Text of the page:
I don't for a moment regret that I entered the Dominican Order in a time when lay-Brothers were seen to be little more than domestic servants. When I was asked to take my turn at what we called "Bells" (attending the telephones and the front door) I took it as an opportunity to bring people to a moment of grace. In those years we only had two incoming phone lines and the job was not difficult since there were just two phones sitting on the desk in the Porters Office. You had to physically open the door since there wasn't any buzzer. As I pushed open the door I would say to myself, "I don't know who or why this person is coming here and I don't know what kind of a road they have journeyed on to get here. All I can do is cheerfully welcome them and in doing so, bring them to that special place where God can touch them with his grace." I certainly didn't want to take the chance that this encounter might be the last try at finding God.
I enjoyed my duty as "Porter" and saw that task as being very special. Now, almost forty years down the road, I could easily see myself going back to that and not at all feeling less a person of ministry in that job.
In my early years in the Order I was placed in many different positions. I was initially trained in carpentry. The skills that I picked up in that brief period have been useful to me in every other ministry that I have been asked to do. Next, I was asked to do simple nursing: attending to the bedridden elderly Dominicans that lived with us. Although this didn't last very long, I have fond memories of those I took care of. That short time of geriatric health care enabled me face my own parents in their old age with a deep love and appreciation and no compunction to take care of their very basic needs.
My stint as a librarian was even shorter than that of nurse so we'll save a lot of time there. Cooking at the Brothers Formation house gave me an opportunity to do a very creative ministry, one that I enjoy to this day. Ultimately, I got into formal training in graphic arts and ended up managing the Albertus Magnus Press which was housed in the basement of the Priory in Oakland. There I worked side by side with the artist/poet Brother Antoninus Everson. He was tall, gaunt and used to scrunch up his face as he shouted out, "Oh God! After 'um!" I was scared to death of him but had enough courage to ask, "Who are you chasing?" He would turn, smile at me while patting my shoulder, "Spirits and ghosts from the past." Being in the dingy basement corridor of the Priory with him on a spiritual plane that I didn't understand was a totally new experience for this young Dominican.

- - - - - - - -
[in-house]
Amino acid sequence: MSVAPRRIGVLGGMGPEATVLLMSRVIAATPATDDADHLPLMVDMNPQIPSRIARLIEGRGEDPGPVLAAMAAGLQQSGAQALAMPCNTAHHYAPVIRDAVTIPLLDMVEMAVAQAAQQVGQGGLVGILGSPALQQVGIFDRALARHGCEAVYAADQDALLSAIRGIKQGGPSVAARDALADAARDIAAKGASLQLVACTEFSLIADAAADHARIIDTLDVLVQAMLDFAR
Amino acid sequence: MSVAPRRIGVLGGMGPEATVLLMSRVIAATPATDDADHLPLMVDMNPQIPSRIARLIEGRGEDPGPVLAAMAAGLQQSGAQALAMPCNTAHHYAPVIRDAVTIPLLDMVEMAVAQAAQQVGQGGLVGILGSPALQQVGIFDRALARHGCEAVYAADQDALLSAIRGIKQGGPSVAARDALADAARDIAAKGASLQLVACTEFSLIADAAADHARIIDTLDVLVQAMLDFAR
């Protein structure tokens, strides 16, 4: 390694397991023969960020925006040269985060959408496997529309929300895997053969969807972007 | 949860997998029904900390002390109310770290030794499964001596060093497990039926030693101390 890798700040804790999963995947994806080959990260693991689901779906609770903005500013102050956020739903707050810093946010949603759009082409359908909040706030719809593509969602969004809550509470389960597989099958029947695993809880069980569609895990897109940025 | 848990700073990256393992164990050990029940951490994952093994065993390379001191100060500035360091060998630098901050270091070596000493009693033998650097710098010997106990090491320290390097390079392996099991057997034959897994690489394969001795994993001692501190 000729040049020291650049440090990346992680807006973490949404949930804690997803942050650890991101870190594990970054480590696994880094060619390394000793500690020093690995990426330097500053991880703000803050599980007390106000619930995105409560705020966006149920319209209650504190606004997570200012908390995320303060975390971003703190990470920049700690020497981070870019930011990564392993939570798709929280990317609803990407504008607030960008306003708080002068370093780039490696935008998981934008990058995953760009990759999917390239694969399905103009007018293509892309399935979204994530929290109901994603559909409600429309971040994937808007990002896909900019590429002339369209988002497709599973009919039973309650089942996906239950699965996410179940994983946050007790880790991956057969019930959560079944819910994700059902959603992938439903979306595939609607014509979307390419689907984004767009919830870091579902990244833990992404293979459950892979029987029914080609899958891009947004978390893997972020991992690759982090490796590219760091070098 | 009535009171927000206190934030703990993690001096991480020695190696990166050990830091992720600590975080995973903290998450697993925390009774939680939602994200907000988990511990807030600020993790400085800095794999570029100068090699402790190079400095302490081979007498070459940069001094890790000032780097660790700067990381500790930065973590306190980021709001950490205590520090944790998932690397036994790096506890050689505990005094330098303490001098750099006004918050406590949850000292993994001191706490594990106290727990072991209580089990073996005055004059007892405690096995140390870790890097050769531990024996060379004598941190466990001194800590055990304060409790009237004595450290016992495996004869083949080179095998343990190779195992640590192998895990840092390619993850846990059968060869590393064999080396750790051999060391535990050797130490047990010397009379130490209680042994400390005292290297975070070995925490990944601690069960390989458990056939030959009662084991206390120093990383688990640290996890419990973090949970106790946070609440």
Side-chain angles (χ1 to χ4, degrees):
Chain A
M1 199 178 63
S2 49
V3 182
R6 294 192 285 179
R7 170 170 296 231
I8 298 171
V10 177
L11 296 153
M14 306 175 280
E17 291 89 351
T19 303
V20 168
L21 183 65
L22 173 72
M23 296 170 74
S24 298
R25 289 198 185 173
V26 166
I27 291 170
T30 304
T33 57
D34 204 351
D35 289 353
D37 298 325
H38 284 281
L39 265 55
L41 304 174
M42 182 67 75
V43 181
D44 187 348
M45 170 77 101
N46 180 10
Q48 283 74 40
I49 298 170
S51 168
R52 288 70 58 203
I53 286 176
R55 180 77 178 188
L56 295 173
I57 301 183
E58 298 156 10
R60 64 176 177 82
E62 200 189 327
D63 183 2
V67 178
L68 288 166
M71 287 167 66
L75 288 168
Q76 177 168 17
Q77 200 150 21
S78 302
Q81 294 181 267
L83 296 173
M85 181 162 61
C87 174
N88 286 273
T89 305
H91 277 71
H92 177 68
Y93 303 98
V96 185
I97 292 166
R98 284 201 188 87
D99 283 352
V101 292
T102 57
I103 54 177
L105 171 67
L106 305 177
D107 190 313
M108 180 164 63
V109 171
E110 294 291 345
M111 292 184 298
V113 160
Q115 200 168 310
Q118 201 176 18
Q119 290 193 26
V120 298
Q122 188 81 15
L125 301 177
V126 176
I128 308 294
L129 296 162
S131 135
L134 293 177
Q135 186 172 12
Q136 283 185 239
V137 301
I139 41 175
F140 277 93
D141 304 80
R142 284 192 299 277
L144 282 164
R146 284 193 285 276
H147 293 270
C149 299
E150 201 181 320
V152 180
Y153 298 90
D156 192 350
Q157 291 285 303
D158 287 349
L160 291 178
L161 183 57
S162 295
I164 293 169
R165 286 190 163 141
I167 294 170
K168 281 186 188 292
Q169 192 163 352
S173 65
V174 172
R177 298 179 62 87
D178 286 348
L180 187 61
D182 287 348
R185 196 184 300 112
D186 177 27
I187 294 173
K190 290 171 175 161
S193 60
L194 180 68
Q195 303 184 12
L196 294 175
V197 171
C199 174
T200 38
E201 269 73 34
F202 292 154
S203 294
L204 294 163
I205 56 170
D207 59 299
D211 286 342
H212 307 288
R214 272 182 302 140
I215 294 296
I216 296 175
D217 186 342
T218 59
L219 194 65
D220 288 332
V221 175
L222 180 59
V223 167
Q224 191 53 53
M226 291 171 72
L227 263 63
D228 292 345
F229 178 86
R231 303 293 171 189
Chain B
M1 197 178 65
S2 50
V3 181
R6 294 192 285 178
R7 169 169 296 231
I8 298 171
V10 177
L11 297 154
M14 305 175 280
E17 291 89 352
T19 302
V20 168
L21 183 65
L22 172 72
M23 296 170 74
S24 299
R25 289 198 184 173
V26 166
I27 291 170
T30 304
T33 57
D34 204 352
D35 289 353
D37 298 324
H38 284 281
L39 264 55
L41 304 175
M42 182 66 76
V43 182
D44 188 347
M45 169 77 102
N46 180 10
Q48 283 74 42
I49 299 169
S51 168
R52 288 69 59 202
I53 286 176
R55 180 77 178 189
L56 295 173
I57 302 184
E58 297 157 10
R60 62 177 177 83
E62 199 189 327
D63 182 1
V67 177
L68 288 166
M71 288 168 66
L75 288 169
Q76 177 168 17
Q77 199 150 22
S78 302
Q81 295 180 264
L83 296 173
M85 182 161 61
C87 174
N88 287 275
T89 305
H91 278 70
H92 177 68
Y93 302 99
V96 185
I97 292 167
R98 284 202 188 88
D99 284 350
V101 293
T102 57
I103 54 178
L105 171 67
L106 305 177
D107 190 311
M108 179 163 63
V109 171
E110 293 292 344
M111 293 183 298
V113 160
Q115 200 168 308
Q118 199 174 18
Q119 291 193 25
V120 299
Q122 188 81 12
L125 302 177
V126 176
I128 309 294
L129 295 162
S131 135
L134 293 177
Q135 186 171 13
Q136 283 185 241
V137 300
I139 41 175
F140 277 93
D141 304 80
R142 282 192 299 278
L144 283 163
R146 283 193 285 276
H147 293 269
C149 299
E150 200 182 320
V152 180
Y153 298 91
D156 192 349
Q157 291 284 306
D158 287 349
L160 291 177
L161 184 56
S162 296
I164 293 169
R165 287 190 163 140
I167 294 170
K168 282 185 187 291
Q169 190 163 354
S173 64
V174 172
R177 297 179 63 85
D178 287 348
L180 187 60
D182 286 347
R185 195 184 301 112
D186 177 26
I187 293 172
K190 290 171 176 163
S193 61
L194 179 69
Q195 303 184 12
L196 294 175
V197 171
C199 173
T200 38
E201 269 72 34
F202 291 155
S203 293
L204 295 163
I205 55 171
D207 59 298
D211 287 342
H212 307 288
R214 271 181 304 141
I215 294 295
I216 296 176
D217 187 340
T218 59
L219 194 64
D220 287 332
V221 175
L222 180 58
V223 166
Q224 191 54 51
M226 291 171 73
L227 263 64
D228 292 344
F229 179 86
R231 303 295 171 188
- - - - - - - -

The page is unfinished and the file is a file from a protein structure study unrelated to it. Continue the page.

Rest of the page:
I stayed at that job for almost ten years and brought the Province's printing adventure right up to the edge of the computer age where we needed to make a critical decision: would we go 'high tech' and move with the times or would we stay as an artistic, hand set - hand printed, letter shop?
Part of that decision was made by the Provincial who wanted me to get involved in more public ministry. So, after 12 years behind the scenes, I went from my hidden life into Campus Ministry at Arizona State University.
Since then, I have continued to minister in parish or parochial positions using and developing skills that I never knew I had. I am currently director of the Province's only Retreat Center in Central Oregon. I see myself as a fully active member of the Order of Preachers and have many opportunities to preach at the retreat center. When people hear me speak on prayer or spirituality or hear me comment on scripture - using the gifts that God has given me - they still ask why I'm not a priest in this age when there is such an obvious need.